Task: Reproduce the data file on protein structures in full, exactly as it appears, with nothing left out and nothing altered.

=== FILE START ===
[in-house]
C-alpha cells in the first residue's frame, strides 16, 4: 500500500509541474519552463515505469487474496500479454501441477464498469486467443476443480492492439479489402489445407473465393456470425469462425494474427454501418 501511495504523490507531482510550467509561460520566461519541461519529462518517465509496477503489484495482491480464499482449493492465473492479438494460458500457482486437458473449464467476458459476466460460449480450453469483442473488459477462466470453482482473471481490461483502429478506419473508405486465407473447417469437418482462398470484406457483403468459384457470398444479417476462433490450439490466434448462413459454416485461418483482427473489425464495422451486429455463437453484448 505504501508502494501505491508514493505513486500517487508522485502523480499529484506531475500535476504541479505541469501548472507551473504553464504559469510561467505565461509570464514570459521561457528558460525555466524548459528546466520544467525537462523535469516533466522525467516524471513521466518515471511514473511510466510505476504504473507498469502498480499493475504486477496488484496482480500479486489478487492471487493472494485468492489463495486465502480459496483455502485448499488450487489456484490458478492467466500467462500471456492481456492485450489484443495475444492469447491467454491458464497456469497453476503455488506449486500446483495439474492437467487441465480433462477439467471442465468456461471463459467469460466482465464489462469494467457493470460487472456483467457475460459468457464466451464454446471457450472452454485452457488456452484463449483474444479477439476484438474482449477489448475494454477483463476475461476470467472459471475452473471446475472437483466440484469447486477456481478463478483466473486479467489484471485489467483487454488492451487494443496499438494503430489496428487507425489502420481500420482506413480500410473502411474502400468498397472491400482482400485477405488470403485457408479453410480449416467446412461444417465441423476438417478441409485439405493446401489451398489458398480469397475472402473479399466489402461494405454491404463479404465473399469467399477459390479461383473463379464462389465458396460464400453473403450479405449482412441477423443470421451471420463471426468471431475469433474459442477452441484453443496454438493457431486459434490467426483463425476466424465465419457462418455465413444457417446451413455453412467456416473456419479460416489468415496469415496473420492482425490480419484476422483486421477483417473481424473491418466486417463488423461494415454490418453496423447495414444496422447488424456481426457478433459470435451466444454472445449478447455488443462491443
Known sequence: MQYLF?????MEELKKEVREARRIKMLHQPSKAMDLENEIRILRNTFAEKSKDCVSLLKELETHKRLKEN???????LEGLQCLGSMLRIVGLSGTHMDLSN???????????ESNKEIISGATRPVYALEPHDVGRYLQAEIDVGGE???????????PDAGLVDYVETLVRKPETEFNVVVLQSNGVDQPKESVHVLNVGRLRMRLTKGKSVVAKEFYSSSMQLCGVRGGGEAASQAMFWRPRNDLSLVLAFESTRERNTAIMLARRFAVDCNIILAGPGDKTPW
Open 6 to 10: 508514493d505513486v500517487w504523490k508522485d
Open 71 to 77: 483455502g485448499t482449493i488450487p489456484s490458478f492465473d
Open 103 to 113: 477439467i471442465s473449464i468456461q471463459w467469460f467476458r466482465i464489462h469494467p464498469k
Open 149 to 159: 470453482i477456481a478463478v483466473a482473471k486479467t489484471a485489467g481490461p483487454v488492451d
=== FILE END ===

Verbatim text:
[in-house]
C-alpha cells in the first residue's frame, strides 16, 4: 500500500509541474519552463515505469487474496500479454501441477464498469486467443476443480492492439479489402489445407473465393456470425469462425494474427454501418 501511495504523490507531482510550467509561460520566461519541461519529462518517465509496477503489484495482491480464499482449493492465473492479438494460458500457482486437458473449464467476458459476466460460449480450453469483442473488459477462466470453482482473471481490461483502429478506419473508405486465407473447417469437418482462398470484406457483403468459384457470398444479417476462433490450439490466434448462413459454416485461418483482427473489425464495422451486429455463437453484448 505504501508502494501505491508514493505513486500517487508522485502523480499529484506531475500535476504541479505541469501548472507551473504553464504559469510561467505565461509570464514570459521561457528558460525555466524548459528546466520544467525537462523535469516533466522525467516524471513521466518515471511514473511510466510505476504504473507498469502498480499493475504486477496488484496482480500479486489478487492471487493472494485468492489463495486465502480459496483455502485448499488450487489456484490458478492467466500467462500471456492481456492485450489484443495475444492469447491467454491458464497456469497453476503455488506449486500446483495439474492437467487441465480433462477439467471442465468456461471463459467469460466482465464489462469494467457493470460487472456483467457475460459468457464466451464454446471457450472452454485452457488456452484463449483474444479477439476484438474482449477489448475494454477483463476475461476470467472459471475452473471446475472437483466440484469447486477456481478463478483466473486479467489484471485489467483487454488492451487494443496499438494503430489496428487507425489502420481500420482506413480500410473502411474502400468498397472491400482482400485477405488470403485457408479453410480449416467446412461444417465441423476438417478441409485439405493446401489451398489458398480469397475472402473479399466489402461494405454491404463479404465473399469467399477459390479461383473463379464462389465458396460464400453473403450479405449482412441477423443470421451471420463471426468471431475469433474459442477452441484453443496454438493457431486459434490467426483463425476466424465465419457462418455465413444457417446451413455453412467456416473456419479460416489468415496469415496473420492482425490480419484476422483486421477483417473481424473491418466486417463488423461494415454490418453496423447495414444496422447488424456481426457478433459470435451466444454472445449478447455488443462491443
Known sequence: MQYLF?????MEELKKEVREARRIKMLHQPSKAMDLENEIRILRNTFAEKSKDCVSLLKELETHKRLKEN???????LEGLQCLGSMLRIVGLSGTHMDLSN???????????ESNKEIISGATRPVYALEPHDVGRYLQAEIDVGGE???????????PDAGLVDYVETLVRKPETEFNVVVLQSNGVDQPKESVHVLNVGRLRMRLTKGKSVVAKEFYSSSMQLCGVRGGGEAASQAMFWRPRNDLSLVLAFESTRERNTAIMLARRFAVDCNIILAGPGDKTPW
Open 6 to 10: 508514493d505513486v500517487w504523490k508522485d
Open 71 to 77: 483455502g485448499t482449493i488450487p489456484s490458478f492465473d
Open 103 to 113: 477439467i471442465s473449464i468456461q471463459w467469460f467476458r466482465i464489462h469494467p464498469k
Open 149 to 159: 470453482i477456481a478463478v483466473a482473471k486479467t489484471a485489467g481490461p483487454v488492451d